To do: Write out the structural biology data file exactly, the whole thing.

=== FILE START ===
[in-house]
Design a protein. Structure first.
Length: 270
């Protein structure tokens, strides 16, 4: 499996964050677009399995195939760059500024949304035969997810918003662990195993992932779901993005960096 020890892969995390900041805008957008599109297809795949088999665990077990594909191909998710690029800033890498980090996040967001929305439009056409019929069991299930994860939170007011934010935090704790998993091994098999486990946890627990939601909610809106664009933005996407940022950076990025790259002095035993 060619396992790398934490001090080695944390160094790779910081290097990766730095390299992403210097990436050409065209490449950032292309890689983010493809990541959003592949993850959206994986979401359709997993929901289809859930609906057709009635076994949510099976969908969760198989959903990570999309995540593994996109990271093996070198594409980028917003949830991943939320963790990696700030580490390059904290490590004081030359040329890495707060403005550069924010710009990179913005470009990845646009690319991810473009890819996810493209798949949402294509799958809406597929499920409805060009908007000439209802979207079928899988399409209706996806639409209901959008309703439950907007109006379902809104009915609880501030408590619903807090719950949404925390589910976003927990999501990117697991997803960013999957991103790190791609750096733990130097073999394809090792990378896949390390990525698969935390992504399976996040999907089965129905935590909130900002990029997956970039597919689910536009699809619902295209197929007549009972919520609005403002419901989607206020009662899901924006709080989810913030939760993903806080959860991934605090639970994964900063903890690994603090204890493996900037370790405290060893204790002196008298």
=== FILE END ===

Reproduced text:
[in-house]
Design a protein. Structure first.
Length: 270
């Protein structure tokens, strides 16, 4: 499996964050677009399995195939760059500024949304035969997810918003662990195993992932779901993005960096 020890892969995390900041805008957008599109297809795949088999665990077990594909191909998710690029800033890498980090996040967001929305439009056409019929069991299930994860939170007011934010935090704790998993091994098999486990946890627990939601909610809106664009933005996407940022950076990025790259002095035993 060619396992790398934490001090080695944390160094790779910081290097990766730095390299992403210097990436050409065209490449950032292309890689983010493809990541959003592949993850959206994986979401359709997993929901289809859930609906057709009635076994949510099976969908969760198989959903990570999309995540593994996109990271093996070198594409980028917003949830991943939320963790990696700030580490390059904290490590004081030359040329890495707060403005550069924010710009990179913005470009990845646009690319991810473009890819996810493209798949949402294509799958809406597929499920409805060009908007000439209802979207079928899988399409209706996806639409209901959008309703439950907007109006379902809104009915609880501030408590619903807090719950949404925390589910976003927990999501990117697991997803960013999957991103790190791609750096733990130097073999394809090792990378896949390390990525698969935390992504399976996040999907089965129905935590909130900002990029997956970039597919689910536009699809619902295209197929007549009972919520609005403002419901989607206020009662899901924006709080989810913030939760993903806080959860991934605090639970994964900063903890690994603090204890493996900037370790405290060893204790002196008298």